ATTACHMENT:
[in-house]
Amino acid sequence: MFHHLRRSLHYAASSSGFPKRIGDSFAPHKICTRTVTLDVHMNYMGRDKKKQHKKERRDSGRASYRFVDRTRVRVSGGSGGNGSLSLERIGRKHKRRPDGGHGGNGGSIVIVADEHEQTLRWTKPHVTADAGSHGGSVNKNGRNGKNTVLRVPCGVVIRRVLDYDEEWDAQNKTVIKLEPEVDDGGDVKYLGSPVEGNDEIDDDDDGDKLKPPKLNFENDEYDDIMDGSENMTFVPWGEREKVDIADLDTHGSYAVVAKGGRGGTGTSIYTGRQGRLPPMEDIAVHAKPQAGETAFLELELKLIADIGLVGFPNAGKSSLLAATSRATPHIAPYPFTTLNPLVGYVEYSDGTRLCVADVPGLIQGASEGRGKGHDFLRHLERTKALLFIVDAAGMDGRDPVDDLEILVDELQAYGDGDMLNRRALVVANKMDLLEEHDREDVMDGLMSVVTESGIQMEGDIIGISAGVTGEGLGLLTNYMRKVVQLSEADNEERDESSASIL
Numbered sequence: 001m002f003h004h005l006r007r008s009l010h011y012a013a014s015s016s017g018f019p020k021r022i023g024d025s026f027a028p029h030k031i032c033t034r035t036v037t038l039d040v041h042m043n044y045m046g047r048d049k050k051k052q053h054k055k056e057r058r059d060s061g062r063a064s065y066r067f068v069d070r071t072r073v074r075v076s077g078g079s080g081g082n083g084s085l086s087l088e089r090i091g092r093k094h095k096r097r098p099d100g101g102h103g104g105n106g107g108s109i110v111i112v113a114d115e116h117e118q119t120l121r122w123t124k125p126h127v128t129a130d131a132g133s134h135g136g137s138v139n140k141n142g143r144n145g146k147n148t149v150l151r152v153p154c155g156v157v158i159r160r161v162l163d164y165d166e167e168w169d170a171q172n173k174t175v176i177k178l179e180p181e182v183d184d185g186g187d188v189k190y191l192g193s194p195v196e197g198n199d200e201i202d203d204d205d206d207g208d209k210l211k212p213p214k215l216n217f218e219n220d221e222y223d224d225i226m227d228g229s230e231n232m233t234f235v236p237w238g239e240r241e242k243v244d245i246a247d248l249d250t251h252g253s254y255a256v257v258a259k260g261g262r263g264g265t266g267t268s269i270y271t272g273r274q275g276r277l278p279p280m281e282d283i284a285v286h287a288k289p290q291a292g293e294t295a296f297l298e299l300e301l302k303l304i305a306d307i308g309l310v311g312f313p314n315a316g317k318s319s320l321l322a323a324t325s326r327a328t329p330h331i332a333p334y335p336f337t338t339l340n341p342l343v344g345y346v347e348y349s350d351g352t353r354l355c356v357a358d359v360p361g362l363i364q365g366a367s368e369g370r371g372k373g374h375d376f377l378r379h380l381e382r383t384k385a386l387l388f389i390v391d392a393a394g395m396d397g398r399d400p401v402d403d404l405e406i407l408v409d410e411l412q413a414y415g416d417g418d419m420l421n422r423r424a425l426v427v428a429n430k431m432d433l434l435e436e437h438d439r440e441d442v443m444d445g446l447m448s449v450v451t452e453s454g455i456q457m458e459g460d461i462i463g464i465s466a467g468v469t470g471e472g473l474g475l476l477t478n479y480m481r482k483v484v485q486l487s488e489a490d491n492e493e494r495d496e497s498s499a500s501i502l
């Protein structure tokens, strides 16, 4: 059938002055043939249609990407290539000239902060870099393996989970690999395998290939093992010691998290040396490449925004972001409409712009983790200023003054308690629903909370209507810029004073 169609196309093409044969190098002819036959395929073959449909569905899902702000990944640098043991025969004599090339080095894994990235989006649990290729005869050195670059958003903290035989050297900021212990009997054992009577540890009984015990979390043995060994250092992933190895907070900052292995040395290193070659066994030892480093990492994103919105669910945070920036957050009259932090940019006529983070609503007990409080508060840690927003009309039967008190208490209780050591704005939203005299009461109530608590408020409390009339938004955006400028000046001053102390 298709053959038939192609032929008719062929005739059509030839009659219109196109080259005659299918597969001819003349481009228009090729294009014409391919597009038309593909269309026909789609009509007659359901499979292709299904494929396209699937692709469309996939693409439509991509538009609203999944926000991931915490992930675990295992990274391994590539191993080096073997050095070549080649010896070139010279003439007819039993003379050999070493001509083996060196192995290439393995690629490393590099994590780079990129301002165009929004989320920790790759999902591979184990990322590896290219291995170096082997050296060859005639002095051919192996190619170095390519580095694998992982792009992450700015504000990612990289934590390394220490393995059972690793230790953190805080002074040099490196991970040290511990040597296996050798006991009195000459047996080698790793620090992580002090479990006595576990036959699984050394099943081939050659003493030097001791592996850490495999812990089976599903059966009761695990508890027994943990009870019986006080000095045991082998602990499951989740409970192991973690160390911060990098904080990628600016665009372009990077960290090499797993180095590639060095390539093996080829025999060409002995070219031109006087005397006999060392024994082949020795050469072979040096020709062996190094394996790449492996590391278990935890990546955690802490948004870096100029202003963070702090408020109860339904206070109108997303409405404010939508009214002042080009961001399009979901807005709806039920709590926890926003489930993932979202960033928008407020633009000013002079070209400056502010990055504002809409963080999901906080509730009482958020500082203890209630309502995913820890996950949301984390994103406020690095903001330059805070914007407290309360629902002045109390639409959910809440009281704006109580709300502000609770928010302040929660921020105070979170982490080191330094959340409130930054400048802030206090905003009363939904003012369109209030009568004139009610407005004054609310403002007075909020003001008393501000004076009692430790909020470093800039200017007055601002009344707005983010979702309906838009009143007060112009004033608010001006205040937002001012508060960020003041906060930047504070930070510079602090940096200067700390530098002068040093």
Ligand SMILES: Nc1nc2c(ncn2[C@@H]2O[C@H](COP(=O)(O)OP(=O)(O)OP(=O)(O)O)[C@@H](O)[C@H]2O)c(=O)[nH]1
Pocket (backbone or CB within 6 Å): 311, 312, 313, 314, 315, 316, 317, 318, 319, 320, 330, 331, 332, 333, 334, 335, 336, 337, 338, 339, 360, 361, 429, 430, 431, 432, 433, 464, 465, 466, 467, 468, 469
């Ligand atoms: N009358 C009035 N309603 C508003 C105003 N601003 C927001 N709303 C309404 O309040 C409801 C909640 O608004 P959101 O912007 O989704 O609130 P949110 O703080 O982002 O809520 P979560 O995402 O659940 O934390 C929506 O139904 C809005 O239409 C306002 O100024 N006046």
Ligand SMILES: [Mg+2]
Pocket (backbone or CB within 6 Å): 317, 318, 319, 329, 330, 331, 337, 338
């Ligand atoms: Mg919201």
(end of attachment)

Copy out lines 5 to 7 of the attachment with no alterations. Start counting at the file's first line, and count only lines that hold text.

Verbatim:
Ligand SMILES: Nc1nc2c(ncn2[C@@H]2O[C@H](COP(=O)(O)OP(=O)(O)OP(=O)(O)O)[C@@H](O)[C@H]2O)c(=O)[nH]1
Pocket (backbone or CB within 6 Å): 311, 312, 313, 314, 315, 316, 317, 318, 319, 320, 330, 331, 332, 333, 334, 335, 336, 337, 338, 339, 360, 361, 429, 430, 431, 432, 433, 464, 465, 466, 467, 468, 469
């Ligand atoms: N009358 C009035 N309603 C508003 C105003 N601003 C927001 N709303 C309404 O309040 C409801 C909640 O608004 P959101 O912007 O989704 O609130 P949110 O703080 O982002 O809520 P979560 O995402 O659940 O934390 C929506 O139904 C809005 O239409 C306002 O100024 N006046």